1 Kings 22:53
For he served Baal, and worshipped him, and provoked to anger the LORD God of Israel, according to all that his father had done.
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22:51-53 Ahaziah's reign was very short, not two years; some sinners God makes quick work with. A very bad character is given of him; he listened not to instruction, took no warning, but followed the example of his wicked father, and the counsel of his more wicked mother, Jezebel, who was still living. Miserable are the children who not only derive a sinful nature from their parents, but are taught by them to increase it; and most unhappy parents are they, that help to damn their children's souls. Hardened sinners rush forward, unawed and unmoved, in the ways from which others before them have been driven into everlasting misery.In the way of his mother - In this phrase, which does not occur anywhere else, we see the strong feeling of the writer as to the influence of Jezebel (compare 1 Kings 16:31).

Verses 1 Kings 22:51-53. It would be of advantage if these verses were transferred to the Second Book of Kings, which would thus open with the commencement of Ahaziah's reign. The division of the books does not proceed from the author. See the introduction to the Book of Kings

29-38. went up to Ramoth-gilead—The king of Israel, bent on this expedition, marched, accompanied by his ally, with all his forces to the siege; but on approaching the scene of action, his courage failed, and, hoping to evade the force of Micaiah's prophecy by a secret stratagem, he assumed the uniform of a subaltern, while he advised Jehoshaphat to fight in his royal attire. The Syrian king, with a view either to put the speediest end to the war, or perhaps to wipe out the stain of his own humiliation (1Ki 20:31), had given special instructions to his generals to single out Ahab, and to take or kill him, as the author of the war. The officers at first directed their assault on Jehoshaphat, but, becoming aware of their mistake, desisted. Ahab was wounded by a random arrow, which, being probably poisoned, and the state of the weather increasing the virulence of the poison, he died at sunset. The corpse was conveyed to Samaria; and, as the chariot which brought it was being washed, in a pool near the city, from the blood that had profusely oozed from the wound, the dogs, in conformity with Elijah's prophecy, came and licked it [1Ki 21:19]. Ahab was succeeded by his son Ahaziah [1Ki 22:40]. No text from Poole on this verse. For he served Baal, and worshipped him,.... That is, Ahaziah served him, as his father had done, and his mother still did:

and provoked to anger the Lord God of Israel, according to all that his father had done; of which there is an instance in the first chapter of the following book; for falling through a lattice, and becoming sick upon it, he quickly died, having sent messengers to inquire of the god of Ekron whether he should die or not.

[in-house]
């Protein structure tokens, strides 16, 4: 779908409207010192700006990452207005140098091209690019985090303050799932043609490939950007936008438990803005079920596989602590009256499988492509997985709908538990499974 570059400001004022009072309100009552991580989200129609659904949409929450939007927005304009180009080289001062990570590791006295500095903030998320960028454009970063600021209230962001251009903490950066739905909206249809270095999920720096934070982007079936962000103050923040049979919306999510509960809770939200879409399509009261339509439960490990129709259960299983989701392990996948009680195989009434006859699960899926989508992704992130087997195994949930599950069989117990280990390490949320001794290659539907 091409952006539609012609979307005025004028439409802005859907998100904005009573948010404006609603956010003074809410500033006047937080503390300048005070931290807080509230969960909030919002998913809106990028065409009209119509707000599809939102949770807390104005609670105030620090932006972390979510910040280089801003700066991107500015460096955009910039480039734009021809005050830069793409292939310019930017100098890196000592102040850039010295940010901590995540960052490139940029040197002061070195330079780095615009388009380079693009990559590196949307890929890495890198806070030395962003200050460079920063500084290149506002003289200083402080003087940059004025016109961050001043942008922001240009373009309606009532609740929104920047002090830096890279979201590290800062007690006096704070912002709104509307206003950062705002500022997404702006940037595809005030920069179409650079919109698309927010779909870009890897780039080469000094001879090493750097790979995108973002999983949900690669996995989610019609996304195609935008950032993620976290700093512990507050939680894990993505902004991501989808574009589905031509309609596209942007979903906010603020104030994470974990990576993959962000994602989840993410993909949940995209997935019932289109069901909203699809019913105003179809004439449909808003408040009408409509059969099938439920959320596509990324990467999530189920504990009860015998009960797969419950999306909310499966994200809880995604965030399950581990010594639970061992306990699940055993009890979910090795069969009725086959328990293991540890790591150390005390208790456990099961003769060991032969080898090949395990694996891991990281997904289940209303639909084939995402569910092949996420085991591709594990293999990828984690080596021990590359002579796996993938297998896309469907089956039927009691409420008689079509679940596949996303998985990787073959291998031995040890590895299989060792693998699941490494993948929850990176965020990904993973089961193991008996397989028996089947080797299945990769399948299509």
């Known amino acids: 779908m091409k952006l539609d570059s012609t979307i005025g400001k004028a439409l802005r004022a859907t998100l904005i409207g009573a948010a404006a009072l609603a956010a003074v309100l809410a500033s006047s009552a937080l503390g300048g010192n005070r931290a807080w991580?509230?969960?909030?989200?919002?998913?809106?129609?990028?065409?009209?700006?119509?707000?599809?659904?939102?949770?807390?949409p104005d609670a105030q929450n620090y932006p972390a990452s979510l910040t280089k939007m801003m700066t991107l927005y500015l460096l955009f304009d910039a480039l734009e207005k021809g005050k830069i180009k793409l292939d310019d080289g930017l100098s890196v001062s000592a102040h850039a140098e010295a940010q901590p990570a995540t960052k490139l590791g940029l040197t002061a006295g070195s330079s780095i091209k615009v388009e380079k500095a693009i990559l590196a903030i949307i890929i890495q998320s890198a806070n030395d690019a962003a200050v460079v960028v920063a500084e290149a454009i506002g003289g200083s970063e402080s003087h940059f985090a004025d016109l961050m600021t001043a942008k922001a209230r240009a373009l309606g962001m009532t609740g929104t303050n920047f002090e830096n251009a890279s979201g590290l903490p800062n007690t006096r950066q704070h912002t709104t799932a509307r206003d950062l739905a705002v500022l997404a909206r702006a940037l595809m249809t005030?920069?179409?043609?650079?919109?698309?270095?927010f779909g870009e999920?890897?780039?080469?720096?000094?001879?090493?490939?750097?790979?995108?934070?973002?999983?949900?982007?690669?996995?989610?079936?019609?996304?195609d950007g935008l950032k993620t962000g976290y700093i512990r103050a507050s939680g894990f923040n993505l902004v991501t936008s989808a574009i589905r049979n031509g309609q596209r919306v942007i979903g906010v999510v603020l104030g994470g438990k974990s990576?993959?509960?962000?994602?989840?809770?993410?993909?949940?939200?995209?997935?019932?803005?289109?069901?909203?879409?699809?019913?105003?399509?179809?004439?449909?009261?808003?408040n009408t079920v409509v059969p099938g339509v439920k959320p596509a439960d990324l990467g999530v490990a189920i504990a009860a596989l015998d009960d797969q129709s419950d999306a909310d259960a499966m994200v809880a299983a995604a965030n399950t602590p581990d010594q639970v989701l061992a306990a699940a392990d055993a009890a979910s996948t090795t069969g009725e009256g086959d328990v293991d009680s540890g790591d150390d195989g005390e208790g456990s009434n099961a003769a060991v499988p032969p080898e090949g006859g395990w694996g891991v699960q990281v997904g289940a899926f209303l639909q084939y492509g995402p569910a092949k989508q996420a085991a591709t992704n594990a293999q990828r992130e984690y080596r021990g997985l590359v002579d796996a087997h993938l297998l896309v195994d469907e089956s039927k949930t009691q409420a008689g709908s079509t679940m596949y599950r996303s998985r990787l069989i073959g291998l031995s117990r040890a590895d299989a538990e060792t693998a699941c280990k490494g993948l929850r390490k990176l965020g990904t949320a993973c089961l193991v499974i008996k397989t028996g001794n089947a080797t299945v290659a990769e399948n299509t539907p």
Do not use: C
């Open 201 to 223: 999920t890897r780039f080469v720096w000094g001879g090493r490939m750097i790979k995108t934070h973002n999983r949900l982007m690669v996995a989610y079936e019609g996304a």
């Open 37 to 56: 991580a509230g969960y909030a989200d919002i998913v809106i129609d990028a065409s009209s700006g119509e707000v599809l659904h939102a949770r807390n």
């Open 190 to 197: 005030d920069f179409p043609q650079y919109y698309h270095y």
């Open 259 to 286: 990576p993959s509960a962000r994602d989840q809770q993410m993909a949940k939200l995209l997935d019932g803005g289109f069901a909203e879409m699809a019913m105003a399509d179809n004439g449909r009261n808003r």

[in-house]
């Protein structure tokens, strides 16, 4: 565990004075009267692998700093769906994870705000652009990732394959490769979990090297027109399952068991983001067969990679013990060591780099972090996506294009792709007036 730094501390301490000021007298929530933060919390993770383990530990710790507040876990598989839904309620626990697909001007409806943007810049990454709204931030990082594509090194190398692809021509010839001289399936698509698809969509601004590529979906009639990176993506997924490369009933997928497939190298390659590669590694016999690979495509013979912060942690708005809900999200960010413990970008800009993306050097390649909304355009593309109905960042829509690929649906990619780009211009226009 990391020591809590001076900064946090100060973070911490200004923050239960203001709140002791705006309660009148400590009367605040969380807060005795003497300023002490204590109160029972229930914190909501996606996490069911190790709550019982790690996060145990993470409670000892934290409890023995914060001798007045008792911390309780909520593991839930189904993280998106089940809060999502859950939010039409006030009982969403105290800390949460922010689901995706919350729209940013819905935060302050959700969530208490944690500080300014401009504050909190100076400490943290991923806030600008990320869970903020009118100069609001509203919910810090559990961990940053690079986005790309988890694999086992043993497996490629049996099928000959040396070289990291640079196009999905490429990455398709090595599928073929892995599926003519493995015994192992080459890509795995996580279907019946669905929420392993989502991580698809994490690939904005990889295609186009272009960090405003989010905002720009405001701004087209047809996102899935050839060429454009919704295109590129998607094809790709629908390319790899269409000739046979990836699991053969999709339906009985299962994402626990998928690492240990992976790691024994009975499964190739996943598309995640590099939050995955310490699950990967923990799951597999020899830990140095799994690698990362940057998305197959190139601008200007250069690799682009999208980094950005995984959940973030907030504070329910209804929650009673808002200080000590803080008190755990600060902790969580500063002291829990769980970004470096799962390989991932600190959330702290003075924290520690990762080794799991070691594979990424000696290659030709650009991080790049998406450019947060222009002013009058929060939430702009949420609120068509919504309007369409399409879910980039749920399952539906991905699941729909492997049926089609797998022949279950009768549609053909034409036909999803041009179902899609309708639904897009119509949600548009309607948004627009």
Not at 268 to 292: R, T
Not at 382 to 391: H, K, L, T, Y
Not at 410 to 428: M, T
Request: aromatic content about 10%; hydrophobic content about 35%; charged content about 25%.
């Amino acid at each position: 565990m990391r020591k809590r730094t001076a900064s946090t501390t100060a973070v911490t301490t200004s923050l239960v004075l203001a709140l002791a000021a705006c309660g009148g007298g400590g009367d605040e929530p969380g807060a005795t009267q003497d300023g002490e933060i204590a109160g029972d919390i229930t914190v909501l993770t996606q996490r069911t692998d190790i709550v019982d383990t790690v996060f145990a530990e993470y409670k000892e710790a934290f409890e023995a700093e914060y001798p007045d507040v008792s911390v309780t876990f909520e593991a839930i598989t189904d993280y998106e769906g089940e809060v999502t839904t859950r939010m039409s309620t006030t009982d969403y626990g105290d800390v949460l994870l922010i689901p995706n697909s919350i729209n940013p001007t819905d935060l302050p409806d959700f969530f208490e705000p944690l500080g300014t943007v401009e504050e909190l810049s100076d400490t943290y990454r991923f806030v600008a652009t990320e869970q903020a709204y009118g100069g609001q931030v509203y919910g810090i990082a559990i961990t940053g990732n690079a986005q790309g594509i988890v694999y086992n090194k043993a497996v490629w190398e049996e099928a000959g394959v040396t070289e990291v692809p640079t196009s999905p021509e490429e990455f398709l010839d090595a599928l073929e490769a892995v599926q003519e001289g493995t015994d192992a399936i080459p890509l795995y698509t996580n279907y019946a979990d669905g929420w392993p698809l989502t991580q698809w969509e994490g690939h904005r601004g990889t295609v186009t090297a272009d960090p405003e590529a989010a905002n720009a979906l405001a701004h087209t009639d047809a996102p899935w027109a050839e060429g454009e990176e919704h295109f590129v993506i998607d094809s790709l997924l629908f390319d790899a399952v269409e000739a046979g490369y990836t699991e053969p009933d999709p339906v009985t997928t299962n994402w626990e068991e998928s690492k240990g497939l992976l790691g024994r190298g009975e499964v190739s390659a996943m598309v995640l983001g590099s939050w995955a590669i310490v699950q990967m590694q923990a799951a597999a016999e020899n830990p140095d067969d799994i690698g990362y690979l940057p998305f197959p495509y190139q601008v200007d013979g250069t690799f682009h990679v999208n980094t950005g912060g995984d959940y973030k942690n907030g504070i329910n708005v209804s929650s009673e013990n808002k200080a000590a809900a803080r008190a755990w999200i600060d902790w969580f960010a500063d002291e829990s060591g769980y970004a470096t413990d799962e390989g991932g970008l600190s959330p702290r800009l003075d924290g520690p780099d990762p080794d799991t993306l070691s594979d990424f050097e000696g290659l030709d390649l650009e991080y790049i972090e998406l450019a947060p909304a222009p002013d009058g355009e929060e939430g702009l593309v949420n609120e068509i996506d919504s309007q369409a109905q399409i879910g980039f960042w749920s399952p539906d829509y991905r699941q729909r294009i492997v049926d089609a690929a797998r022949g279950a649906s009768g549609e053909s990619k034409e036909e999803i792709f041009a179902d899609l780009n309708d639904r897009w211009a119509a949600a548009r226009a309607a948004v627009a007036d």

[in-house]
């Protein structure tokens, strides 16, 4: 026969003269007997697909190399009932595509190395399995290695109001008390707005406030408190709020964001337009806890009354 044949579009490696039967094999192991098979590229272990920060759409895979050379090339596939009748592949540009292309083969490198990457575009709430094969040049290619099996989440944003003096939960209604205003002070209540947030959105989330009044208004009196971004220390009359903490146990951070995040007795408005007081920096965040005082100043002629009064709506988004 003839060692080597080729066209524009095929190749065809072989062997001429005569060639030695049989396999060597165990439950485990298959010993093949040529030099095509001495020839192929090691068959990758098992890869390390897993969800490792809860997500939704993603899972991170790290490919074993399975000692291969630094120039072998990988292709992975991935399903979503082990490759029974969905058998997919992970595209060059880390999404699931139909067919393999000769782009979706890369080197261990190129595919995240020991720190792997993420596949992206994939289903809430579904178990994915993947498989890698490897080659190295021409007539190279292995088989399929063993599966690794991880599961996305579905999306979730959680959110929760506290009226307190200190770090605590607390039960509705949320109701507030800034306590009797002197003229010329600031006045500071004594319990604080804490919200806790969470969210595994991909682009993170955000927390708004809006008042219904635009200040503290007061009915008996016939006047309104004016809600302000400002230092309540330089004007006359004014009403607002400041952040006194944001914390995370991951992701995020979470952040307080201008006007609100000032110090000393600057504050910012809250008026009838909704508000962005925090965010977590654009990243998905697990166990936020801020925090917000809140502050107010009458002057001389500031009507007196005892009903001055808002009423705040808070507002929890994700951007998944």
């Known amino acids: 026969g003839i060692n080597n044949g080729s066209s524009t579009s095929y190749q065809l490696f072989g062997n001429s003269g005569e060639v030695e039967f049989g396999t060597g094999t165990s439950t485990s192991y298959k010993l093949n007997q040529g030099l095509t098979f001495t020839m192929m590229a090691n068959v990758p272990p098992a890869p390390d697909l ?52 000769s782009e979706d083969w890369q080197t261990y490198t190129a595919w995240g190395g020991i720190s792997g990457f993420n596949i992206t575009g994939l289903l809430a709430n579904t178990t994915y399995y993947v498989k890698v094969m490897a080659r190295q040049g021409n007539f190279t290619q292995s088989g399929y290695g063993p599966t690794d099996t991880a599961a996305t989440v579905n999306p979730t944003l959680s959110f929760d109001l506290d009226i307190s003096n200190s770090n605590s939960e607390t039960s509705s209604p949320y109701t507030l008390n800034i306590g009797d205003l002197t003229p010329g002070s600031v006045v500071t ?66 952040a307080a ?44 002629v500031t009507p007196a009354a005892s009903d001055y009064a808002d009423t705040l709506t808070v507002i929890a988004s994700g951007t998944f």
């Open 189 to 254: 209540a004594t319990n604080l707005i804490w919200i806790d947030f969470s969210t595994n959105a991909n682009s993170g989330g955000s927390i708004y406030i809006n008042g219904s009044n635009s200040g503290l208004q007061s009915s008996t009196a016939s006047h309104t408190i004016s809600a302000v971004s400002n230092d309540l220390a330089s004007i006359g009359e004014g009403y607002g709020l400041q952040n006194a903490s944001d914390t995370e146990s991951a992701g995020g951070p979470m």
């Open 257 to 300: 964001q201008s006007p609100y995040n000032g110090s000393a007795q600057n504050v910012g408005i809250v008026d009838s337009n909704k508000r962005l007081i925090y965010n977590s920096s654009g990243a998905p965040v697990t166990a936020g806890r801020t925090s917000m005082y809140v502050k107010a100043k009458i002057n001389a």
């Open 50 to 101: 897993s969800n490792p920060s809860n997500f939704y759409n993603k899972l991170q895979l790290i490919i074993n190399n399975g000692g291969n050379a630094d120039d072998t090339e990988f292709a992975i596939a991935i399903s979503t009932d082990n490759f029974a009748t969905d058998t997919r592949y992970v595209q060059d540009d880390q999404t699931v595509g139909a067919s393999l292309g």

For he served Baal, and worshipped him, and provoked to anger the LORD God of Israel, according to all that his father had done.
53. for [R.V. And] he served Baal] This is an additional count in his wickedness, not an explanation of what is contained in the verse before. Hence the change. The LXX., instead of ‘according to all that his fathe[9]

[9] Lumby, J. R. (1886). The First Book of the Kings, with Introduction and Notes. The Cambridge Bible for Schools and Colleges (109–242). Cambridge: Cambridge University Press.Verse 53. - For he served Baal, and worshipped him, and provoked to anger [or vexed] the Lord God of Israel, according to all that his father had done. [The termination of this book at this point could hardly be more arbitrary if it had been made by accident. These verses are closely connected with 2 Kings ch. 1. The division here obscures the connexion between the sin of Ahaziah and the judgments which it provoked.]

"There was (then) no (real) king in Edom; a vicegerent was king," i.e., governed the country. This remark is introduced here merely on account of what follows, namely, to show how it was that Jehoshaphat was able to attempt to restore the maritime trade with Ophir. If we observe this connection between the verse before us and what follows, we cannot infer from it, as Ewald does (Gesch. iii. pp. 464 and 474ff.), that the Edomites with Egyptian help had forced from Rehoboam both their liberty and also their right to have a king of their own blood, and had remained in this situation till Jehoshaphat completely subjugated them again. (See the remarks on 1 Kings 11:21-22.) All that can be gathered from 2 Chronicles 20 is, that the Edomites, in league with the Ammonites and other desert tribes, made an incursion into Judah, and therefore tried to throw off the supremacy of Judah, but did not succeed in their attempt.
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